The controversy over claims of abusive and racist treatment of prison inmates escalated Tuesday when state Senate leaders stepped in, saying they will ensure a complete investigation takes place and its results are made public.
In a letter to the governor, Senate President Pro Tem Darrell Steinberg and Public Safety Committee Chairman Mark Leno asked Gov. Arnold Schwarzenegger what corrections officials knew about the allegations and how his administration plans to respond.
"We are deeply concerned about the allegations of abuse and racist treatment of inmates at California Department of Corrections and Rehabilitation behavior management units at several institutions covered in the recent Sacramento Bee series," they wrote. "We are even more troubled by the accusations that investigations into these allegations were either ignored, or worse, covered up."
The Bee reported evidence of brutality and cruelty by correctional officers at a special behavior modification unit at High Desert State Prison in Susanville – including withheld medical care, racial slurs and corruption of the system by which inmates can protest improper treatment. The stories described extreme isolation, idleness and deprivation in similar units at other prisons.
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Steinberg, in an interview, called the allegations "stark and shocking."
Earlier on Tuesday, Schwarzenegger also expressed concern.
"Prisons must be managed for the safety of staff and inmates and to rehabilitate offenders," the governor said. "The (corrections) department has zero tolerance for abuse and we support their vigorous and comprehensive review of the matter."
Prison officials long knew about the allegations of abuse, yet did nothing about them. The Bee reported that corrections researchers pushed for a formal investigation, but apparently were suppressed.
"There appear to be charges of retaliation against employees who have attempted to bring these issues to light," Steinberg and Leno wrote. "The Senate intends to fully examine these allegations."
Corrections undersecretary Scott Kernan initially discounted the claims as typical inmate gripes. But on Monday he said the department's internal affairs office would mount a full-scale investigation into the abuse claims and into the possibility that researchers were retaliated against.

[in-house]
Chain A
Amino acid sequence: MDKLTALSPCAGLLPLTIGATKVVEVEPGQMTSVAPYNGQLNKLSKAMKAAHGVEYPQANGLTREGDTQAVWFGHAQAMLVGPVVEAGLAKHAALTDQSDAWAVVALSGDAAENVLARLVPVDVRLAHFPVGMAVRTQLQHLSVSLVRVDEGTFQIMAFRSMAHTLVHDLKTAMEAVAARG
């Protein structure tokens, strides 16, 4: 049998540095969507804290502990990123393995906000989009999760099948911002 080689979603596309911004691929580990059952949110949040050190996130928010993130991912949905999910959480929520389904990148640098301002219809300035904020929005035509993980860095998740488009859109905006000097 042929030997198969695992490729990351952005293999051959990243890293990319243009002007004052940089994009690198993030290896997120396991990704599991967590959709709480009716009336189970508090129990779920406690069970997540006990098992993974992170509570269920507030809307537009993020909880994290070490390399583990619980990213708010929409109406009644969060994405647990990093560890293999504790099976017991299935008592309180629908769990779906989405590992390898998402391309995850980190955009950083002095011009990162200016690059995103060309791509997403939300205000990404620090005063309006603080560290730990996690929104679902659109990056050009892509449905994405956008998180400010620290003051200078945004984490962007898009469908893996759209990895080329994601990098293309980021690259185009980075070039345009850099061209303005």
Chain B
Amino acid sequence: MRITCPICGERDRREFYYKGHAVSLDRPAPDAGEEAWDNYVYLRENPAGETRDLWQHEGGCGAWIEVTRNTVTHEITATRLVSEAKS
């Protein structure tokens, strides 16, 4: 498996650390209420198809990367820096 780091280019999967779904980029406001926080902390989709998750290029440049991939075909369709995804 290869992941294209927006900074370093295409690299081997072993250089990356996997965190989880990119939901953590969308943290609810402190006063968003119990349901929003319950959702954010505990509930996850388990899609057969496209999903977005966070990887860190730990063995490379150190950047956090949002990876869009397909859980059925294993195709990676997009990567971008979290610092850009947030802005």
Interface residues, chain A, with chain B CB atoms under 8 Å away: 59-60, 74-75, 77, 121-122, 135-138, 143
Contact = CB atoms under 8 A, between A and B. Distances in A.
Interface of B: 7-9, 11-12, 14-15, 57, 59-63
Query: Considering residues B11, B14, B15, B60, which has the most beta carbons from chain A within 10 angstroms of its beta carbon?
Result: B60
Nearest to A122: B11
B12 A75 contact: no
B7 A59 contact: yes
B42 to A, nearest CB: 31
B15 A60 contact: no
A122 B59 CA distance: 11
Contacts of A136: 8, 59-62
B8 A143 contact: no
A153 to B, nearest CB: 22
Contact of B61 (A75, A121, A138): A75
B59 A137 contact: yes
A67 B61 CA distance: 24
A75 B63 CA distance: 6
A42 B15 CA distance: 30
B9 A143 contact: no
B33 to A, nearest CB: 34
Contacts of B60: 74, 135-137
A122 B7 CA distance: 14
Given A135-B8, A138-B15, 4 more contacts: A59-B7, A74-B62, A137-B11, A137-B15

The department said results of its investigation would not be made public, but Steinberg disagreed.
Private personnel information about prison guards should be redacted, he said, but the public should know "what steps the department intends to take to ensure that that the allegations, if actually proven, are not repeated."
In response, Kernan said he welcomed the Legislature's review but criticized The Bee for making his staff's jobs harder with a "one-sided" and "biased" story.
Steinberg, D-Sacramento, and Leno, D-San Francisco, requested an immediate briefing from the corrections agency and the Office of the Inspector General, an independent agency that investigates the prison system.
Steinberg said that revelations of inmates with serious mental health problems being housed in the behavior units "are another stark reminder of how deficient we are in regards to mental health in the department of corrections."
The units' continued use of isolation and deprivation, he added, run "contrary to proven, effective mental health treatment."
Mental health should be a higher priority in the system both for ethical reasons, Steinberg said, and to give inmates a better chance of success back in their communities after their release.
Assemblyman Alberto Torrico, D-Fremont, chairman of the Assembly Select Committee on the Prison and Rehabilitation Reform, called the abandonment of classes in anger management and substance abuse, originally viewed as crucial to modifying behavior, "another example of the fact that our prisons are broken."
Steinberg cautioned that the probe could take months to complete, due to the complexity and range of allegations. But he added, "I guarantee that we will be persistent."